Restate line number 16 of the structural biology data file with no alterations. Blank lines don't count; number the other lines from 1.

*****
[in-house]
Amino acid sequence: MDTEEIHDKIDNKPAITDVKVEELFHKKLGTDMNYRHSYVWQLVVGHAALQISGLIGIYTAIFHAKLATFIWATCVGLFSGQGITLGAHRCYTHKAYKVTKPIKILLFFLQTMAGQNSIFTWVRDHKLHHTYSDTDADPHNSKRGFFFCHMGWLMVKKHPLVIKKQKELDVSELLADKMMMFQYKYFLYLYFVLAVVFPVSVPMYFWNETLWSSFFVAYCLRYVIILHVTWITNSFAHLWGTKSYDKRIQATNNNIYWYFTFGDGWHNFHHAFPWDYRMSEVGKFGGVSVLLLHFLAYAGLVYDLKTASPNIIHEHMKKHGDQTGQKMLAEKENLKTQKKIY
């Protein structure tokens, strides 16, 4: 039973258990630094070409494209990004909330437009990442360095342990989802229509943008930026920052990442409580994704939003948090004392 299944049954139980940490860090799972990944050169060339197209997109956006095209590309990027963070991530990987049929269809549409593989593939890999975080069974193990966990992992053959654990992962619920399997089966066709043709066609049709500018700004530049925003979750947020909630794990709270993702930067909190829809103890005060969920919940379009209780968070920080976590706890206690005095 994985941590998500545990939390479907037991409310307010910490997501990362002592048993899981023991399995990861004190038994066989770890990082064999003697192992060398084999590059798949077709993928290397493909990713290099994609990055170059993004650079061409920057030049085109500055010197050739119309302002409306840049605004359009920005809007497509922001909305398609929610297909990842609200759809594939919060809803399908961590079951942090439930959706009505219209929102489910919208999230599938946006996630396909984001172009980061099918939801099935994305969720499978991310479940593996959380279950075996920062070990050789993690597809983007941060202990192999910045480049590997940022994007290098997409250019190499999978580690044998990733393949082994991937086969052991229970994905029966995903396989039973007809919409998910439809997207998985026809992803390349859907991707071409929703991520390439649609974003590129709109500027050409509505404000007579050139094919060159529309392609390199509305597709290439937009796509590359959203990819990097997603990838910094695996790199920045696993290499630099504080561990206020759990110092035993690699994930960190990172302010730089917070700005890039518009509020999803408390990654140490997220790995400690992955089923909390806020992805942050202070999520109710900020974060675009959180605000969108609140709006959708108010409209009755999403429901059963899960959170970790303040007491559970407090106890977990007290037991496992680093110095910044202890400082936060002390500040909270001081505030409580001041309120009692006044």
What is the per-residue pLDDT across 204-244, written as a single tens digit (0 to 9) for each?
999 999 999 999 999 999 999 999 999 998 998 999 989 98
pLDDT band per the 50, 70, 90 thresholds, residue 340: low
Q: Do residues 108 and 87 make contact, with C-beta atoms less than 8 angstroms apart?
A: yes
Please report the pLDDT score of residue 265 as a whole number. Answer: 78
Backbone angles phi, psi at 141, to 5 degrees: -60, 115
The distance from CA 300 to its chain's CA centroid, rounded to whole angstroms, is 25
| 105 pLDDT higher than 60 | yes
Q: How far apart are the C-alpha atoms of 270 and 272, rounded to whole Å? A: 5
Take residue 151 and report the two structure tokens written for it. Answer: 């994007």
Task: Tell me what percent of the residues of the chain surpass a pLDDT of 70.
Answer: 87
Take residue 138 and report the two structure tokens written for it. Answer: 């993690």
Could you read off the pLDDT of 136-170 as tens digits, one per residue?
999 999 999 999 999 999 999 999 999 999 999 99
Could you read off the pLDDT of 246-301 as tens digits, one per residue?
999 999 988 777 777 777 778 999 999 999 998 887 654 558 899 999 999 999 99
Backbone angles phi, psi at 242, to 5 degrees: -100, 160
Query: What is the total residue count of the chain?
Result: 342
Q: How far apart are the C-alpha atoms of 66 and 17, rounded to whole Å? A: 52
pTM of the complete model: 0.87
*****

Answer: 87